NYAPRS Note: Governor Andrew Cuomo recently signed an executive order that removes juvenile offenders from adult prisons and places them in age-appropriate juvenile facilities where he believes they will have “a better chance at turning their lives around and becoming productive members of society.”
Just a day earlier, Cuomo announced that he will offer 10,000 conditional pardons to those who were convicted of (adult) crimes in their youth but have steered clear of trouble for 10 years or more.
It falls to the NYS legislature to take the next step that they didn’t take last year and to approve a measure to “Raise the Age” of adult criminal culpability to 18 years-old. NYAPRS supports the “Raise the Age” campaign, and expects to include it as part of its 2016 Legislative Day policy agenda.
N.Y. To Separate Minors From Adult Prisoners
Joseph Spector Lohud December 22, 2015
ALBANY -- New York will remove minors from adult prisons in the state and move them to a juvenile facility, Gov. Andrew Cuomo said Tuesday.
Cuomo signed an executive order that would transfer all female youths aged 16 and 17 and all male youths in medium-and minimum-security facilities out of the general prison population.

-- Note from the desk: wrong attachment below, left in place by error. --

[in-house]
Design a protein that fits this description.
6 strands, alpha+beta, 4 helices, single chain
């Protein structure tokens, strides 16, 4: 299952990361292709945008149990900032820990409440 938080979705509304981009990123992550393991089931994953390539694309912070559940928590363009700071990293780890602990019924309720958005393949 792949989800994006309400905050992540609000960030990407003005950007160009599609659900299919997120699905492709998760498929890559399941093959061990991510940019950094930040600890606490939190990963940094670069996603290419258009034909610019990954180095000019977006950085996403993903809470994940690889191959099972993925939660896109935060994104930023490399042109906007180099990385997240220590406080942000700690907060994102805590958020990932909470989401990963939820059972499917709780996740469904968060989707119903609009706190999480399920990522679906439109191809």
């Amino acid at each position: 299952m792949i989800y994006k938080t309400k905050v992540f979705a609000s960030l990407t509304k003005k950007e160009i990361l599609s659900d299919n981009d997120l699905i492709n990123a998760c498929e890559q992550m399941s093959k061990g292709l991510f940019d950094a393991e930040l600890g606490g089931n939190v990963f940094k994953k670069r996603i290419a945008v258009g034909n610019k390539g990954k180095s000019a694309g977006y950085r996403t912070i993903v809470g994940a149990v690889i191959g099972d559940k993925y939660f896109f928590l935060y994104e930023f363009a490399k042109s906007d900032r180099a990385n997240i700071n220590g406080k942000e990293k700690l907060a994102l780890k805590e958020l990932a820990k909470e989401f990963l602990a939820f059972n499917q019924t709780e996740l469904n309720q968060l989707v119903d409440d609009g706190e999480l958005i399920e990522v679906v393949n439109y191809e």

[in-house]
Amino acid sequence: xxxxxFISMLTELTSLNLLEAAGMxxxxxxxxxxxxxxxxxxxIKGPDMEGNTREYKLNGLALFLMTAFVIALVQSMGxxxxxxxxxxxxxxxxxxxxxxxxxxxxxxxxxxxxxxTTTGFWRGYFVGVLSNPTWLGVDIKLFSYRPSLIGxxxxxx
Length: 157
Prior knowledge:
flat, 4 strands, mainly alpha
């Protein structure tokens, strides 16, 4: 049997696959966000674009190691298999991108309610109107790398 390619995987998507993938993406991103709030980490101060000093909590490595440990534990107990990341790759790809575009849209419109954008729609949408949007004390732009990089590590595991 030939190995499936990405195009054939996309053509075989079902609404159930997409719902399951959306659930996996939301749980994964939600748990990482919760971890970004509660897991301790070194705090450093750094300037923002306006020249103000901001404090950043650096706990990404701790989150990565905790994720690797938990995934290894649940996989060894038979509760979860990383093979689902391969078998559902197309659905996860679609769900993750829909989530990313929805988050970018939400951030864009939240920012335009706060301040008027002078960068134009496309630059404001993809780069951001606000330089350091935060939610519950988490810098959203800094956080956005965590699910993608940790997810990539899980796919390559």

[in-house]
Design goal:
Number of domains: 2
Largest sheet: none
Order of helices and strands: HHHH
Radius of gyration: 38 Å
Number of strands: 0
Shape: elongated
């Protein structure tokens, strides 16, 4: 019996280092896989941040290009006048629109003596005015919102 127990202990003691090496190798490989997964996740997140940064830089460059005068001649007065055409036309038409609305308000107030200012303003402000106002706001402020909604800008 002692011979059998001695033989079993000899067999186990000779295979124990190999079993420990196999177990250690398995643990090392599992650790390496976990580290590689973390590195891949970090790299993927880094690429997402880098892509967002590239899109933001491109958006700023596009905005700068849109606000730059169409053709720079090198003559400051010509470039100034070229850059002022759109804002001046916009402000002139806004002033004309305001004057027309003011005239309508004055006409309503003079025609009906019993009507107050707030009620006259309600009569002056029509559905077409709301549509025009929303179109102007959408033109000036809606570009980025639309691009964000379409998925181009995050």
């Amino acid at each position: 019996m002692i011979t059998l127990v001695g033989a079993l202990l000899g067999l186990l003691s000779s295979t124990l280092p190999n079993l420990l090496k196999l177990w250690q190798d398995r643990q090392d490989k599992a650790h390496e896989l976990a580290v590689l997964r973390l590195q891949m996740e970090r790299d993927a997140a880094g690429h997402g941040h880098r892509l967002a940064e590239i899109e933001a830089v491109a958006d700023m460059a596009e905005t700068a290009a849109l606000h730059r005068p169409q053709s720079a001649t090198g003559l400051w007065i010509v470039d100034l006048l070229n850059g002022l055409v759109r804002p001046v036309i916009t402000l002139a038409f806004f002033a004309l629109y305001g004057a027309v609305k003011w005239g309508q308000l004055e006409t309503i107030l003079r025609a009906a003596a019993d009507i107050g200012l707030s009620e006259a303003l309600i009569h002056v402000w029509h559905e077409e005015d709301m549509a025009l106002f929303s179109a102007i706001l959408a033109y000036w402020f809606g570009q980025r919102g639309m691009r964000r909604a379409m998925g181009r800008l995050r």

The Hudson Correctional Facility in Columbia County, currently a medium-security prison, will be turned into a juvenile facility, and the first group of youth will head there by August, Cuomo said. It will impact about 100 prisoners.
“By housing 16 and 17 year-olds in an age-appropriate correctional facility, we can offer them a better chance at turning their lives around and becoming productive members of society,” Cuomo said in a statement.
The effort is the second in recent days to help youth charged with crimes, and after Cuomo was unable to get the Legislature to change state law to help imprisoned youth.
Cuomo on Monday announced he will grant “conditional pardons” to about 10,000 New Yorkers who were convicted of crimes in their youth, but who have stayed out of trouble for a decade.
Cuomo and Democrats in the state Legislature this year sought to raise the age of criminal responsibility in New York, but Senate Republican opposed it. The “Raise the Age” proposal would have treated 16- and 17-year-olds charged criminally as youths, rather than adults.
New York is one of only two states that puts 16-and 17 year-olds in the adult criminal justice system, regardless of the offense.
The state will also take steps to limit recidivism among youth, such as providing additional staff to help youth in prison.
Cuomo said the order allows the commissioner of the state Department of Corrections and Community Supervision to also consider taking a youth from a local correctional facility into the state’s juvenile facility, if the sentence exceeds 90 days.